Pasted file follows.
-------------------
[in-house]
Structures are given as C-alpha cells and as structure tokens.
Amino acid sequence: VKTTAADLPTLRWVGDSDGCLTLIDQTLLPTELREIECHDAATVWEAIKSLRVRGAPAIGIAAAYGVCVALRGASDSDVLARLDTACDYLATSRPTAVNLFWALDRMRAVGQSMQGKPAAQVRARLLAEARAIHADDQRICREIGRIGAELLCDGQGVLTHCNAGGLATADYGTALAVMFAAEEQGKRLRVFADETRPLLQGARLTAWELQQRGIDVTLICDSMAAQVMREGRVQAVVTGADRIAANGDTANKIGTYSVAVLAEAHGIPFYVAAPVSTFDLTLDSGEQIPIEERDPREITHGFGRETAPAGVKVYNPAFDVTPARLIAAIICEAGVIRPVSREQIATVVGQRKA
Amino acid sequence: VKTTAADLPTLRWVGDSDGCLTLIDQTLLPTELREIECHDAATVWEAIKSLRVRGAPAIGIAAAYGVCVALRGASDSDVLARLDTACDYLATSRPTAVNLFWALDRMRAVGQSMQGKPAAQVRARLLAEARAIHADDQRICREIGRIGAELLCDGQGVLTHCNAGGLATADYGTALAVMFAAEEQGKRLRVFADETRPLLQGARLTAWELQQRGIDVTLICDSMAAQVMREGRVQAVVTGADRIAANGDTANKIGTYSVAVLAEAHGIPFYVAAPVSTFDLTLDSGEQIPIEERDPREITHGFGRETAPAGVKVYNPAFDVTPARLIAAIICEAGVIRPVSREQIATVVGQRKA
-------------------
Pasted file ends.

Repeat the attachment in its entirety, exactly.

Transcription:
[in-house]
Structures are given as C-alpha cells and as structure tokens.
Amino acid sequence: VKTTAADLPTLRWVGDSDGCLTLIDQTLLPTELREIECHDAATVWEAIKSLRVRGAPAIGIAAAYGVCVALRGASDSDVLARLDTACDYLATSRPTAVNLFWALDRMRAVGQSMQGKPAAQVRARLLAEARAIHADDQRICREIGRIGAELLCDGQGVLTHCNAGGLATADYGTALAVMFAAEEQGKRLRVFADETRPLLQGARLTAWELQQRGIDVTLICDSMAAQVMREGRVQAVVTGADRIAANGDTANKIGTYSVAVLAEAHGIPFYVAAPVSTFDLTLDSGEQIPIEERDPREITHGFGRETAPAGVKVYNPAFDVTPARLIAAIICEAGVIRPVSREQIATVVGQRKA
Amino acid sequence: VKTTAADLPTLRWVGDSDGCLTLIDQTLLPTELREIECHDAATVWEAIKSLRVRGAPAIGIAAAYGVCVALRGASDSDVLARLDTACDYLATSRPTAVNLFWALDRMRAVGQSMQGKPAAQVRARLLAEARAIHADDQRICREIGRIGAELLCDGQGVLTHCNAGGLATADYGTALAVMFAAEEQGKRLRVFADETRPLLQGARLTAWELQQRGIDVTLICDSMAAQVMREGRVQAVVTGADRIAANGDTANKIGTYSVAVLAEAHGIPFYVAAPVSTFDLTLDSGEQIPIEERDPREITHGFGRETAPAGVKVYNPAFDVTPARLIAAIICEAGVIRPVSREQIATVVGQRKA